Saundz (an accent reduction app) hosted this blog about The Long and Short Vowels of English by Jennifer Collins. This starts off by giving some examples that students struggle with in class. It continues to make the word geek in me happy by giving the history of the vowels and why some are long and some are short (it even touches on why we call them "long" and "short" vowels). Finally it gives a list of things to keep in mind when teaching these tricky vowels with students. Check it out here.
If you are new to teaching pronunciation Peggy has a blog post that really breaks down the steps you can choose to use when teaching while comparing the process to cooking! Peggy has taught ESL and EFL in the U.S., Turkey, Italy, Switzerland, and Mexico and now is primarily an accent coach. She starts by setting up a clear foundation for learners (with links and activities they can practice on their own), using the element of surprise, and practicing practicing practicing. To read more about her set up check out how to Teach Pronunciation Effectively, Efficiently, Confidently.

Connected speech is one of my favorite aspects of teaching pronunciation. Rachael (who has been teaching English for over 20 years) wrote this amazing blog which is a great resource! It goes over the different types of connected speech as well as the different ways to teach them (including helpful tips). This is really a must read for anyone wondering how to implement pronunciation practice into the classroom or teachers unaware of connected speech. If that sounds like you, check out helping students with connected speech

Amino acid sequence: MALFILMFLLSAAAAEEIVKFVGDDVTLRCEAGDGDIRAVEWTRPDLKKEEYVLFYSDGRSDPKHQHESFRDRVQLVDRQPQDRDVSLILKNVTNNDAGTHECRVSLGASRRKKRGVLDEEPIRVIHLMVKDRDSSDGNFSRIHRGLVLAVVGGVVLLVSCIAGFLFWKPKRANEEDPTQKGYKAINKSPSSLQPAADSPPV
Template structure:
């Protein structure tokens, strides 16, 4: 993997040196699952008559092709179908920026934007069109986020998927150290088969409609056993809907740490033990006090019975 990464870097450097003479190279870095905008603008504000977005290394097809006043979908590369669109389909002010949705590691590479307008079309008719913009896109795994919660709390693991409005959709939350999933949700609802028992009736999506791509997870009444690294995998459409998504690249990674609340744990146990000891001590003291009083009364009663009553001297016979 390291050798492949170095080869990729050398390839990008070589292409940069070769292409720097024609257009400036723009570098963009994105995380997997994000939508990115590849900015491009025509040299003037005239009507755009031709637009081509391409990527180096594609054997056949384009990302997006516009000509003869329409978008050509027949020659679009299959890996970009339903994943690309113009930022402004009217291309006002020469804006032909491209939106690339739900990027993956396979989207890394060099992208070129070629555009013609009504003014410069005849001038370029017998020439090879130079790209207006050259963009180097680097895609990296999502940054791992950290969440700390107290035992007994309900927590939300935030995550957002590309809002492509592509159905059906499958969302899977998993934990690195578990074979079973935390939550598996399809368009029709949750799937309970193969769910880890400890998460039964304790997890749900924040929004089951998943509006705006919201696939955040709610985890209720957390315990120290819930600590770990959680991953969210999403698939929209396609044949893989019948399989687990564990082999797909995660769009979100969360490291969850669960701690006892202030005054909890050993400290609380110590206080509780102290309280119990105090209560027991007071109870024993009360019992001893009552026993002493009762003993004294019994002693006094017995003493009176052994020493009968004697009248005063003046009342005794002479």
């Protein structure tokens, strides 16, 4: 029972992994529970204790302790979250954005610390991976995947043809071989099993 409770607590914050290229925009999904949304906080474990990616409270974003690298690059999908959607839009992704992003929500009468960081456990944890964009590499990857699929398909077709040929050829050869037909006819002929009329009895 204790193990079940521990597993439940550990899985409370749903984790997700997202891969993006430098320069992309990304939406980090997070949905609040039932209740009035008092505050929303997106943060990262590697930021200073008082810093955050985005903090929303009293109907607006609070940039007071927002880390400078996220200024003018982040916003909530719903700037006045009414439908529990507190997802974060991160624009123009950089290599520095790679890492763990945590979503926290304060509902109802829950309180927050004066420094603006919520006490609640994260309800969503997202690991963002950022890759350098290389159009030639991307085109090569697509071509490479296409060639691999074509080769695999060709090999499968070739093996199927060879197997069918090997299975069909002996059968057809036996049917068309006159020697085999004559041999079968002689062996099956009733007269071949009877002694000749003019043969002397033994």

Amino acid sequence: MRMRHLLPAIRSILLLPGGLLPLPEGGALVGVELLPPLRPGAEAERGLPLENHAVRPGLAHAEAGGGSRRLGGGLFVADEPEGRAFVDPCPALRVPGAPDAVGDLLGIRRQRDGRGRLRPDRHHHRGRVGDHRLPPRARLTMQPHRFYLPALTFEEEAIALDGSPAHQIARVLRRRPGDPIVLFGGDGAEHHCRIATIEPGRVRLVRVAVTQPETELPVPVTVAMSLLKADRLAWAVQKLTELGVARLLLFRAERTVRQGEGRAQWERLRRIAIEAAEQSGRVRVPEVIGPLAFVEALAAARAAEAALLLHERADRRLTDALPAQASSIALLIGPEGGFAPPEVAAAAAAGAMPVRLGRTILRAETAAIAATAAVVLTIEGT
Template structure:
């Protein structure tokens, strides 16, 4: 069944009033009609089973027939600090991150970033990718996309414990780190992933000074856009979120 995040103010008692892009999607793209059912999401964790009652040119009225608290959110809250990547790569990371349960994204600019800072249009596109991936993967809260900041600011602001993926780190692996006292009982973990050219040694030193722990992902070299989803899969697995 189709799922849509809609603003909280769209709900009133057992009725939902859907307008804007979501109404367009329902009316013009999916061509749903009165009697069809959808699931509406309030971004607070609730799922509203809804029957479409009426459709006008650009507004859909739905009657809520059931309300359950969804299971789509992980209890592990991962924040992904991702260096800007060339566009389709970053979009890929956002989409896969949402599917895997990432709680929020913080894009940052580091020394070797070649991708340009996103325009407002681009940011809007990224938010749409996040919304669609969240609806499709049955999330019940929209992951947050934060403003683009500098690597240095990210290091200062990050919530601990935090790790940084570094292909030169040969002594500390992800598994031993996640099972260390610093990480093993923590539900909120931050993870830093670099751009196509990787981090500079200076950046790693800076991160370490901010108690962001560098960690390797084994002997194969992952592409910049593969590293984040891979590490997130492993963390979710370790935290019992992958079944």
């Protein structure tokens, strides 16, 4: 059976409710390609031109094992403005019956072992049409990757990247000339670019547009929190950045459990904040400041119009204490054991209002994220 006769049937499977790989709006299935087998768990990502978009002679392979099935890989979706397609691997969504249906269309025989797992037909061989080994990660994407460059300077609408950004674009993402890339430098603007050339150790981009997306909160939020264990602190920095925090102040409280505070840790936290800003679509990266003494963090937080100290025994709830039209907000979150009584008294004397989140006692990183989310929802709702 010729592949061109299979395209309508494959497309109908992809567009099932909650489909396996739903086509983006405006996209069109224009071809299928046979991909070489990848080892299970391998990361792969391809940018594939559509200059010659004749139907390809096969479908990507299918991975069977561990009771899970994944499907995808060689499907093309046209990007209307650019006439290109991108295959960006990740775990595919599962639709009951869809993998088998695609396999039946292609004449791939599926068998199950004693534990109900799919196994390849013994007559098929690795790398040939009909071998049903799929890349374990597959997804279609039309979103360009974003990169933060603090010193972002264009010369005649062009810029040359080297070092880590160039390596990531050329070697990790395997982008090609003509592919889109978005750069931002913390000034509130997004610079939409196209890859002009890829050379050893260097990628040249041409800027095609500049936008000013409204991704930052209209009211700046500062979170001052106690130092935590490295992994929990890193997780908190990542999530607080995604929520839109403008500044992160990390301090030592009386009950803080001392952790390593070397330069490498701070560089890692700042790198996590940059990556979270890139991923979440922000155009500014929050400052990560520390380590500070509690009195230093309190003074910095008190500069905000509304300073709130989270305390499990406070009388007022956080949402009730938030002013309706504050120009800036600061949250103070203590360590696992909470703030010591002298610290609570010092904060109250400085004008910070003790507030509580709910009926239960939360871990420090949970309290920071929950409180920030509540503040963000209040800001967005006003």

The Internet can be a big and scary place. Luckily we don't have to explore it alone. These blogs all focus on helping teachers find the best sites to use as resources when teaching pronunciation. If you love their list, be sure to leave them a comment telling them! 
No ELT Blog Carnival would be complete without an entry from Larry Ferlazzo! This is an "oldie but goodie" from 2008 and lists his TOP TEN resources for teaching pronunciation to Beginning and Early Intermediate English Language Learners.  Even though it is a top ten list, it also includes suggestions from other people making the list closer to twenty than ten. Check out some of the suggestions here.

Bárbara P. García Roberti has been teaching since the early 1990s! She's a big fan of sharing resources and has this great post filled with 10 different sites she has used with great success for teaching pronunciation. The list includes interactive IPA charts, Pronunciation Podcasts, Minimal Pair Practice and more! You too can check out these ten great sites, just click here.